With an unfinished manuscript, the company starts the reading rehearsals of the Orpheus project Coelacanth. The plot thickens as Lisa’s childhood is explored and intertwined with the emergence of fictional characters directly involved with her father’s death. In a series of scenes taking place between 1978-1999 we are introduced to among other Elliot who falls in love under the cherry blossom, and has a child - Jason - with Kabuki actress Hasaki.

    Act 3 / Psychopomp
    As the curtain rises on the Orpheus project - the overlaying structures start to collapse and the pieces fall into place. With the help of the Psychopomp, the fictional and non-fictional characters are guided across the river of understanding where their destinies are merged with that of their mythical counterparts. The Millennium approaches and the end of the world is threatened.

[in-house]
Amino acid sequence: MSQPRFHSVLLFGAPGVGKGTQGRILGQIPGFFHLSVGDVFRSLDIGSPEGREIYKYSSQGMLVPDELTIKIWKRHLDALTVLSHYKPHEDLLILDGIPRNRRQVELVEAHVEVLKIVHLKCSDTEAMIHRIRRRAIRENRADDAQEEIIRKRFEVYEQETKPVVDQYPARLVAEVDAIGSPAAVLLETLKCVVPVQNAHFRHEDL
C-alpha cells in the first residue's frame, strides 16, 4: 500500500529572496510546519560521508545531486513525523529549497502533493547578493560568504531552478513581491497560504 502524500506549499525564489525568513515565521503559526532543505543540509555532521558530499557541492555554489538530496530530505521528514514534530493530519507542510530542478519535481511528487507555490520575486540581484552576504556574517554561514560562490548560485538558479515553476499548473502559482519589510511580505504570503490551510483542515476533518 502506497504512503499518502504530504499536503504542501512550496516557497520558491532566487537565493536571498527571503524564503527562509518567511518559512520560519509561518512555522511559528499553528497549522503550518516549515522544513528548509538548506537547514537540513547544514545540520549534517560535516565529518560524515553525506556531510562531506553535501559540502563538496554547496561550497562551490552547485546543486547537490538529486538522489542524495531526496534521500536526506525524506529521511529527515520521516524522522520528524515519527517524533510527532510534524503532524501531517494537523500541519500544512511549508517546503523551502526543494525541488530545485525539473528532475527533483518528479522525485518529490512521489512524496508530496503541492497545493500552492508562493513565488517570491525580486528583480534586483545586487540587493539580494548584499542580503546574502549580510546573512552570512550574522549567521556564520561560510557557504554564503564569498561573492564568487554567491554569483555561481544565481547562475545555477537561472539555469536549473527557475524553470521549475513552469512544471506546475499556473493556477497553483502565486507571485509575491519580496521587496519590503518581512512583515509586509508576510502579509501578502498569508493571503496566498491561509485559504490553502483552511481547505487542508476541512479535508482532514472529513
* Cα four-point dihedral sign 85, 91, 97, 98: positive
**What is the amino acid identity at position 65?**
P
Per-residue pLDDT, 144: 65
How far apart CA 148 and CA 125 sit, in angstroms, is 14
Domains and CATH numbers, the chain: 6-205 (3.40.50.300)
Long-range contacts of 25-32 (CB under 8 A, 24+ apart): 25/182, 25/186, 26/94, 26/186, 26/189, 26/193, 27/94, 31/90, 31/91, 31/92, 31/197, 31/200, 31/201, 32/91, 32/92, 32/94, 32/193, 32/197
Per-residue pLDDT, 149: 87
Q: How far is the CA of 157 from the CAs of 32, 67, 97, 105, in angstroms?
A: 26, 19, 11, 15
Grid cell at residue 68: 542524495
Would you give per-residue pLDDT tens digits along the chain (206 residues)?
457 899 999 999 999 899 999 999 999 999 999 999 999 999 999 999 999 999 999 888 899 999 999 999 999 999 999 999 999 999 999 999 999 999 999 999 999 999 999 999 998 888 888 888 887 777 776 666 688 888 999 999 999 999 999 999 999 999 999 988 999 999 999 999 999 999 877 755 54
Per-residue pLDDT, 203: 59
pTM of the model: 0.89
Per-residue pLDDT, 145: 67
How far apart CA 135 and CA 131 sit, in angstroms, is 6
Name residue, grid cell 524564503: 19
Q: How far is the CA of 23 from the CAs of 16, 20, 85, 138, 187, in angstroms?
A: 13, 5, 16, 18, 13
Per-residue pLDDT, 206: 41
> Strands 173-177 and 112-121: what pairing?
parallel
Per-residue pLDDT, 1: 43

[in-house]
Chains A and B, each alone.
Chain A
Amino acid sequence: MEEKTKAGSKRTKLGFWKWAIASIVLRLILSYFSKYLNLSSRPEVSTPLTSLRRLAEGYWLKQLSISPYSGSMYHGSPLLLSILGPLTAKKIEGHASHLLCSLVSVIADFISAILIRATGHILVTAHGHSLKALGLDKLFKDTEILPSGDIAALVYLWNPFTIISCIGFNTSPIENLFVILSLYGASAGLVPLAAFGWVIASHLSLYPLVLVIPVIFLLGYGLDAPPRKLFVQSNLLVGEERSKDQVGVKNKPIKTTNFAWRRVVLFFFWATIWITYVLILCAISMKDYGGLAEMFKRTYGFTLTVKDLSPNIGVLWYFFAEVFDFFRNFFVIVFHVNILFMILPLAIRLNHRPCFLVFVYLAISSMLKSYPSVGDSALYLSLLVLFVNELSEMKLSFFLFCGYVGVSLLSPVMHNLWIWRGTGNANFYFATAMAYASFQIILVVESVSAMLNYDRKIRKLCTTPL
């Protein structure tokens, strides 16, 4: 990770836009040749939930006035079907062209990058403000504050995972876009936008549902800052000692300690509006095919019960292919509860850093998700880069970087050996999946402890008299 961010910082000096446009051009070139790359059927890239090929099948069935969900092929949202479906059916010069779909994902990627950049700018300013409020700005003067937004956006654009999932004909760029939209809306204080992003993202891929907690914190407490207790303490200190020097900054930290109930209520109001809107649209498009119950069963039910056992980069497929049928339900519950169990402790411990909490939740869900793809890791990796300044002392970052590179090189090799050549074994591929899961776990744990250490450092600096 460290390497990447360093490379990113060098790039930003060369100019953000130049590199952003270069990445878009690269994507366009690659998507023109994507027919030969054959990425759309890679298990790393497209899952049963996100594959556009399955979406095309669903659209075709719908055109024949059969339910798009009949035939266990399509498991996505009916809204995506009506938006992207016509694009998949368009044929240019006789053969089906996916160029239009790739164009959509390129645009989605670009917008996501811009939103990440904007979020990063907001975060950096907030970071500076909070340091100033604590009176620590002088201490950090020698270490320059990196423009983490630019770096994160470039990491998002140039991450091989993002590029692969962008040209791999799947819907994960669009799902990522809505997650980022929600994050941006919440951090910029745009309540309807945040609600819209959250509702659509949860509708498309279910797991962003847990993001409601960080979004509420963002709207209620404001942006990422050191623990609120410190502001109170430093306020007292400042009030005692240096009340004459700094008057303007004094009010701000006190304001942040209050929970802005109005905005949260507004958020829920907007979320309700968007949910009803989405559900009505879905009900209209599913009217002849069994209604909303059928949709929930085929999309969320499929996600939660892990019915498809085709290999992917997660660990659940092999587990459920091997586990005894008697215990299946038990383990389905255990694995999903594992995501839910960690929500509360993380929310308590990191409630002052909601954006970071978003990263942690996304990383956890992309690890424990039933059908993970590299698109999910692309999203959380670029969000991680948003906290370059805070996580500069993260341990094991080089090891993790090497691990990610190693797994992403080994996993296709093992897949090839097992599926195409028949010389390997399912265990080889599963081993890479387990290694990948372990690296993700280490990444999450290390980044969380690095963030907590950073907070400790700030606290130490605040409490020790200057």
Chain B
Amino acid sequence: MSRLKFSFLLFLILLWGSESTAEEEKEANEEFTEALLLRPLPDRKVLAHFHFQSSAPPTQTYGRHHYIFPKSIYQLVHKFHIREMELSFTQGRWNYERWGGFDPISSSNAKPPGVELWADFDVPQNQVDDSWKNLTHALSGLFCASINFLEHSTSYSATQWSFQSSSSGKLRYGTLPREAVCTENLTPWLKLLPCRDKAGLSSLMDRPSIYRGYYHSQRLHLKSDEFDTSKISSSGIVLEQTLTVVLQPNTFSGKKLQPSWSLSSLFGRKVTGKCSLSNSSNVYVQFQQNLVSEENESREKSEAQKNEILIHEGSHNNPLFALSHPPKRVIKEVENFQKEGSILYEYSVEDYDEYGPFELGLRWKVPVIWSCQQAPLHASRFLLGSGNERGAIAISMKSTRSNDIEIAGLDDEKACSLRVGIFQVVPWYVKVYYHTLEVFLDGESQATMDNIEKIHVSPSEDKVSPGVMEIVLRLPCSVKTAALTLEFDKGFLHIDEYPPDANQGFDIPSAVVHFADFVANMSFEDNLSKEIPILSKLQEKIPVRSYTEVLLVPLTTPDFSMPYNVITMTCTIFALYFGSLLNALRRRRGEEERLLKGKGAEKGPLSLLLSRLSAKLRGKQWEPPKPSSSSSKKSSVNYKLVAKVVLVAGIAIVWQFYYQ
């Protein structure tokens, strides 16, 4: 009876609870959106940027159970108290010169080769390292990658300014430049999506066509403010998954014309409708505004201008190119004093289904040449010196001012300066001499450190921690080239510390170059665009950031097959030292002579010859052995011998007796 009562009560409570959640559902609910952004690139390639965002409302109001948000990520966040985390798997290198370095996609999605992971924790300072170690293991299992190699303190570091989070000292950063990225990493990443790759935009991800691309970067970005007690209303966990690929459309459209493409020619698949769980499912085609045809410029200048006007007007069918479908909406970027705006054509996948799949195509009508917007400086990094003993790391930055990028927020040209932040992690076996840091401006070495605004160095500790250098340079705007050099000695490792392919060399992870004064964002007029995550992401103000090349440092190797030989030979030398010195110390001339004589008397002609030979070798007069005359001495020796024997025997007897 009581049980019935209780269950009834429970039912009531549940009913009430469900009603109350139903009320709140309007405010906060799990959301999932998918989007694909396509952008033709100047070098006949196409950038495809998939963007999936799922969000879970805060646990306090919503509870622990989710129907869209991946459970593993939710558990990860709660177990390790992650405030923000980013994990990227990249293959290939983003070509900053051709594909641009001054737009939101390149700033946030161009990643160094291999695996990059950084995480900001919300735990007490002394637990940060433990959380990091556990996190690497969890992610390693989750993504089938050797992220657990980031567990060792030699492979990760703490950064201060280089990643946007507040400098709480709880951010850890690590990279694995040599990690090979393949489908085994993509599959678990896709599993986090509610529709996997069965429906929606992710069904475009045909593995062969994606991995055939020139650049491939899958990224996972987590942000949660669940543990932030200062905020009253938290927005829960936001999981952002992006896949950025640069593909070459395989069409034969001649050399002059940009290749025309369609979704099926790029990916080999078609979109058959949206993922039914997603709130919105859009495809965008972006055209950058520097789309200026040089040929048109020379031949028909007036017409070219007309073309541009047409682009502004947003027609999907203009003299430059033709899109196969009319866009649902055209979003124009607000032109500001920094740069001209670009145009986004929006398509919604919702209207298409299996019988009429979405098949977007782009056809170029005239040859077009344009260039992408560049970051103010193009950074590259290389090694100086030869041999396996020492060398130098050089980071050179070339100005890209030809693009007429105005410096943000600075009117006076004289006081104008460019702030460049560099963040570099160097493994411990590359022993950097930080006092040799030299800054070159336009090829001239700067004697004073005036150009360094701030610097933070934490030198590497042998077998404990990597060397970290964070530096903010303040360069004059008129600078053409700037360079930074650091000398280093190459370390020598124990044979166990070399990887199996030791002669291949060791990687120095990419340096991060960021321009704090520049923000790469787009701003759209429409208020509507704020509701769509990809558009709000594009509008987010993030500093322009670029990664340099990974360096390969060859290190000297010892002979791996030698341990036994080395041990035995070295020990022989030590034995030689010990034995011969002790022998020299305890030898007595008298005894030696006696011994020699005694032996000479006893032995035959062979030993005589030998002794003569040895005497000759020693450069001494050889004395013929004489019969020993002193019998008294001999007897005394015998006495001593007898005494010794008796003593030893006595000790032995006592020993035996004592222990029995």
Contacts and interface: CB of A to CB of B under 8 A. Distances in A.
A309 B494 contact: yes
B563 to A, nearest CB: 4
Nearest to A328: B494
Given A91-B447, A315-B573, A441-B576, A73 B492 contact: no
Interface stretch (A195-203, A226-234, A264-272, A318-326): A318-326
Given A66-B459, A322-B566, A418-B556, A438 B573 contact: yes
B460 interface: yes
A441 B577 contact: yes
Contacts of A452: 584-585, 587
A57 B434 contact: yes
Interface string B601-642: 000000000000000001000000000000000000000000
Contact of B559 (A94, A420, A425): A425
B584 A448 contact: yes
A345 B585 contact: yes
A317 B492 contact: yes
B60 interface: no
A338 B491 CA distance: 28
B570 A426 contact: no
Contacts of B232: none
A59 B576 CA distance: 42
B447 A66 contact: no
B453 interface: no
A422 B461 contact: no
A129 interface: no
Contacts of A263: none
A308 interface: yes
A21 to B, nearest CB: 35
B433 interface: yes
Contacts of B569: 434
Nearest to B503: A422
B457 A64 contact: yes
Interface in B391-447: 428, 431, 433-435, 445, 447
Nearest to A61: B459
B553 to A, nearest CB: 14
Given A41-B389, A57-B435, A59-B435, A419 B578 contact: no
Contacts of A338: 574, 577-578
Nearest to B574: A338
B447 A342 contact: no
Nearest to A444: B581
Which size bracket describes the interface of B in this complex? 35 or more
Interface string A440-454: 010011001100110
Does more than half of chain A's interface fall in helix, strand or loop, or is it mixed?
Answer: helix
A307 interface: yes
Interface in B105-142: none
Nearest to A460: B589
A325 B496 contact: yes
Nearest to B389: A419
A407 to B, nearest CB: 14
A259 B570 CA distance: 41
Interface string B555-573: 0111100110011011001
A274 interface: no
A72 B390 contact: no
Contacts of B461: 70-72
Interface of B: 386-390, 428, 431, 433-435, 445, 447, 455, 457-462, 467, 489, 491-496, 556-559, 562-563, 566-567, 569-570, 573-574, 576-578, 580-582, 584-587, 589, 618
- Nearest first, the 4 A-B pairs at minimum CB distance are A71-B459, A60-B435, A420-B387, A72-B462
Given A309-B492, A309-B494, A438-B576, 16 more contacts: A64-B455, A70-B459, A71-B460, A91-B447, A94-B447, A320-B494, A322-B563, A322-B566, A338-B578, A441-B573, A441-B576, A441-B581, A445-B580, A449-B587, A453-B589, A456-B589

Bergensavisen ga forestillingen Coelacanth en 5 etter urpremieren i Bergen 23. mai! Les anmeldelsen her: www.ba.no/puls/article6671997.ece 

    I Bergens Tidende kan du lese intervju med Alan Lucien Øyen, www.fib.no/Global/presseklipp/2013/20130414_BT_alan%20%C3%B8yen.pdf, og om Lisa som ved en tilfeldighet ble hovedperson i teaterforestillingen: www.bt.no/bergenpuls/Familiehemmelighet-ble-festspillteater-2902482.html#.UZ9tTIeSL2E


    Big words | bɪg wəːd |
    A smartphone/tablet app great for quickly grabbing attention, passing messages, and making a statement. Used by CK to communicate with non-deaf people who don’t sign. 

    Coelacanth | ˈsiːləkanθ |
    A large bony marine fish with a three-lobed tail fin and fleshy pectoral fins. Known only from fossils until one was found alive in 1938 – it was a sort of ressurrection. 

    Cauterize | ˈkɔːtərʌɪz |